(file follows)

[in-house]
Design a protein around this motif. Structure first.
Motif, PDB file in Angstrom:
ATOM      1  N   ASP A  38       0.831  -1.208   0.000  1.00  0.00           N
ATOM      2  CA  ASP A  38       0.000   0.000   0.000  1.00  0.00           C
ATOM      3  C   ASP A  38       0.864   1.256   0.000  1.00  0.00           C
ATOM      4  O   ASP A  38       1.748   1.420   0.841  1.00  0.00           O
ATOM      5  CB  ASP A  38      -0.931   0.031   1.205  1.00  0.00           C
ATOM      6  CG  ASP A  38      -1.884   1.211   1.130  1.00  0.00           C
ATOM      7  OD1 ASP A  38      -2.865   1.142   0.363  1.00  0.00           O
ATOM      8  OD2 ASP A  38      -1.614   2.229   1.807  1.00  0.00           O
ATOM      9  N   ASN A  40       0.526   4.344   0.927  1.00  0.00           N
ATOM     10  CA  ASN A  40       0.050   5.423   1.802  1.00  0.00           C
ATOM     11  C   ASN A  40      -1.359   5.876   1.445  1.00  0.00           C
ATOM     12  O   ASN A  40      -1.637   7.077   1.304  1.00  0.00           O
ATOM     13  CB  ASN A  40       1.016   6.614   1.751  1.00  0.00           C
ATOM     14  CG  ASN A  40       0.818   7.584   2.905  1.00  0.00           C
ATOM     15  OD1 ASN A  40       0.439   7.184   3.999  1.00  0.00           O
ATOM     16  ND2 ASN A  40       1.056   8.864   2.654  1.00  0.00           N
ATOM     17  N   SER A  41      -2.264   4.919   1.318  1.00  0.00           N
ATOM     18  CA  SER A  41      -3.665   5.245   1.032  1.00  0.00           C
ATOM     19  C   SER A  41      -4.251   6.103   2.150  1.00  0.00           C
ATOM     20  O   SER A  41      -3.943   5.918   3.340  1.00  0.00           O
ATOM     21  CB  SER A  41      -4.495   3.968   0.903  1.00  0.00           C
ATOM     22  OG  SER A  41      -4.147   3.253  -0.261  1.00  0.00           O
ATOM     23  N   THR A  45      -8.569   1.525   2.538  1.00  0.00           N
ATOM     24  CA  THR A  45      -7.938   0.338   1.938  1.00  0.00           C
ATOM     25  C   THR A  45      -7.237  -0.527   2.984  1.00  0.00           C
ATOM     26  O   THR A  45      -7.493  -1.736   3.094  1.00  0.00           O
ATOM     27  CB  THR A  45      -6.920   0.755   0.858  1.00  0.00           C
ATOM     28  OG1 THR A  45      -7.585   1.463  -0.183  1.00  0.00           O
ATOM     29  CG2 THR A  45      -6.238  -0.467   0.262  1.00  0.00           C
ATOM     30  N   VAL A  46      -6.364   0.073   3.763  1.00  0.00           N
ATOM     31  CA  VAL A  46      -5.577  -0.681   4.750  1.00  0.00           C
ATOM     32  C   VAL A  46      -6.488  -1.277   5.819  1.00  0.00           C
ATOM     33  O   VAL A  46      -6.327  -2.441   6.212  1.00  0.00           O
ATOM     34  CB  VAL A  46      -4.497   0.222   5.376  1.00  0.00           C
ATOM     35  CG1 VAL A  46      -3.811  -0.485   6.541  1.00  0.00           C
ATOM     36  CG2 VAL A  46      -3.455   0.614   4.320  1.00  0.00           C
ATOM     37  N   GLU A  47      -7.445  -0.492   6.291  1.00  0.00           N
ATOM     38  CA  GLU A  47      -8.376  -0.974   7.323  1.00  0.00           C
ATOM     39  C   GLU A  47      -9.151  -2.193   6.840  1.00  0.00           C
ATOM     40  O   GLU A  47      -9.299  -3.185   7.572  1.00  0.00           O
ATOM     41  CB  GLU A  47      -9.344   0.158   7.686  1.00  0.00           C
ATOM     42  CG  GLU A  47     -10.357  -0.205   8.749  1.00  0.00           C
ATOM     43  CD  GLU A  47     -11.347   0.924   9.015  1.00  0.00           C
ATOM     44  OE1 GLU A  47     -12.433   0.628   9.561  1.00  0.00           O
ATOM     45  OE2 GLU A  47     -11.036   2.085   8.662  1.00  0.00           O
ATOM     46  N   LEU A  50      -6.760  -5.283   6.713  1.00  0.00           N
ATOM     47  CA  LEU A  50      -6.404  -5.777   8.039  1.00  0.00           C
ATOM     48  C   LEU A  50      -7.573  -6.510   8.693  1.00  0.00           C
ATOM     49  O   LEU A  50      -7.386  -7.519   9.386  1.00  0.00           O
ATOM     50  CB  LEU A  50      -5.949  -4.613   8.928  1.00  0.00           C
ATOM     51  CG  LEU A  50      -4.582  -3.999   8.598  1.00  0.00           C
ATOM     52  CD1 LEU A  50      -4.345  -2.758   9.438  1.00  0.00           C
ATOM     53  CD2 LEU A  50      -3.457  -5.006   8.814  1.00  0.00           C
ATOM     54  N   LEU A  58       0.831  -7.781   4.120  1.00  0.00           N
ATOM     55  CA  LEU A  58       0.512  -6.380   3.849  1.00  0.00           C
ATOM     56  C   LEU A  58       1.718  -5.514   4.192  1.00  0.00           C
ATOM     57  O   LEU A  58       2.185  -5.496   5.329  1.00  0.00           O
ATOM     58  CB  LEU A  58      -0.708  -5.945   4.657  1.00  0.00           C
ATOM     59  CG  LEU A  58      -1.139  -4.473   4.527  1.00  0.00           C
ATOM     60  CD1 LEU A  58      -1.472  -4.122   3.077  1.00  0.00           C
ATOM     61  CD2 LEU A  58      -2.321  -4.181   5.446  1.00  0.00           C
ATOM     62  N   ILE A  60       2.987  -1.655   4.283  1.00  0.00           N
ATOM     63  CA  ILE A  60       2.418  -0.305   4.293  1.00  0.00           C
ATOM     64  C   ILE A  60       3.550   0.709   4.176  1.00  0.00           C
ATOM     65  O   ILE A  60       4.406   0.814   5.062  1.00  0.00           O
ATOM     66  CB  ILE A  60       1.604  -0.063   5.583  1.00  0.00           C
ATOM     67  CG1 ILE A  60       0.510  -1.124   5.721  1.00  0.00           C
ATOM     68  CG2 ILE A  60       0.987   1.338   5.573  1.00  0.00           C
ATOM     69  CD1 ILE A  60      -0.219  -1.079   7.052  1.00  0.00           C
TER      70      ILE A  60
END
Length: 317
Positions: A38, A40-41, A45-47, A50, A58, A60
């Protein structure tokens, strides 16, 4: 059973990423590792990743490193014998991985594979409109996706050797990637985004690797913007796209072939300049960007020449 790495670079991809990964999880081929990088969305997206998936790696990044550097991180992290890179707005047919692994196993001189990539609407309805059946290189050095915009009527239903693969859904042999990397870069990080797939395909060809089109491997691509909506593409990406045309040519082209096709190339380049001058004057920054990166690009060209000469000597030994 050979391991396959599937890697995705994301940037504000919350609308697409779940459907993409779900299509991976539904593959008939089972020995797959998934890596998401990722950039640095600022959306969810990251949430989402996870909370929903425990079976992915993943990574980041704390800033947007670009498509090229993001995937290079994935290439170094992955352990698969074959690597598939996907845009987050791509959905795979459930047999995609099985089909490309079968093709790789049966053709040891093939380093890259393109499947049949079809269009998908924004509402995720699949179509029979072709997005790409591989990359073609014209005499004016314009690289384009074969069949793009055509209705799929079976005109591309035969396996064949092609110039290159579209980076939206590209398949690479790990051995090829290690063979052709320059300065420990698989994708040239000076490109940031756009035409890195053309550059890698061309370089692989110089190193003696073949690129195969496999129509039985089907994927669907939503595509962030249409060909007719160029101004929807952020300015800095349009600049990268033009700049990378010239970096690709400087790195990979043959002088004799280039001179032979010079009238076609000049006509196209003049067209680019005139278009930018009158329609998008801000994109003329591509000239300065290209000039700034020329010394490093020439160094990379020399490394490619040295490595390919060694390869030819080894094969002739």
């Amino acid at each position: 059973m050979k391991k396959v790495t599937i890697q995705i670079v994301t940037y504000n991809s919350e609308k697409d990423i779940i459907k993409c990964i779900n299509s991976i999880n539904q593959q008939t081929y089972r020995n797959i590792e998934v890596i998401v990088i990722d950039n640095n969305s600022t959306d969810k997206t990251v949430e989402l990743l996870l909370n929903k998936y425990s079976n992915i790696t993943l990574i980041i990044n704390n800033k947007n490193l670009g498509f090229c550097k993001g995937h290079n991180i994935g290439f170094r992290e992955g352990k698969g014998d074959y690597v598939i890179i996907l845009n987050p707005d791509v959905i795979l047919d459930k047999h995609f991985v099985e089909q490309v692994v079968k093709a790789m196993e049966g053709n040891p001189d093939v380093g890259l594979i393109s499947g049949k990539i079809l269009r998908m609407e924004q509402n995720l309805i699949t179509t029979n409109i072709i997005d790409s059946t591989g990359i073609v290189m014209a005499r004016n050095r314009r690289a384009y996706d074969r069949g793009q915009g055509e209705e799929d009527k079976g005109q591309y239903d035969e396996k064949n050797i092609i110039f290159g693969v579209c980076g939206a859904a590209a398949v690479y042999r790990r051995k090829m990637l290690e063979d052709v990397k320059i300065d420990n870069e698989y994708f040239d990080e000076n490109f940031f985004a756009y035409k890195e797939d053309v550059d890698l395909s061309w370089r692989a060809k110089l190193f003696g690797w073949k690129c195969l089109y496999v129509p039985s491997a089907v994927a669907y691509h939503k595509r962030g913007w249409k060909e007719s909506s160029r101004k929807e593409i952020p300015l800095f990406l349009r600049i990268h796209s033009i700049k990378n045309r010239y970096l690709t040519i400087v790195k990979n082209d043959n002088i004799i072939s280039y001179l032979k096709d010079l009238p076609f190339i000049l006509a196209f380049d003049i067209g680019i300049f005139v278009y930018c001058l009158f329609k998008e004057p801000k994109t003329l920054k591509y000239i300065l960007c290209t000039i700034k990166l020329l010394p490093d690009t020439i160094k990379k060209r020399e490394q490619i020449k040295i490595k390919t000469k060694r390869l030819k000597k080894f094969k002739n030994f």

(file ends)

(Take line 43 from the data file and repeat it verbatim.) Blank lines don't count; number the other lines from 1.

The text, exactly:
ATOM     40  O   GLU A  47      -9.299  -3.185   7.572  1.00  0.00           O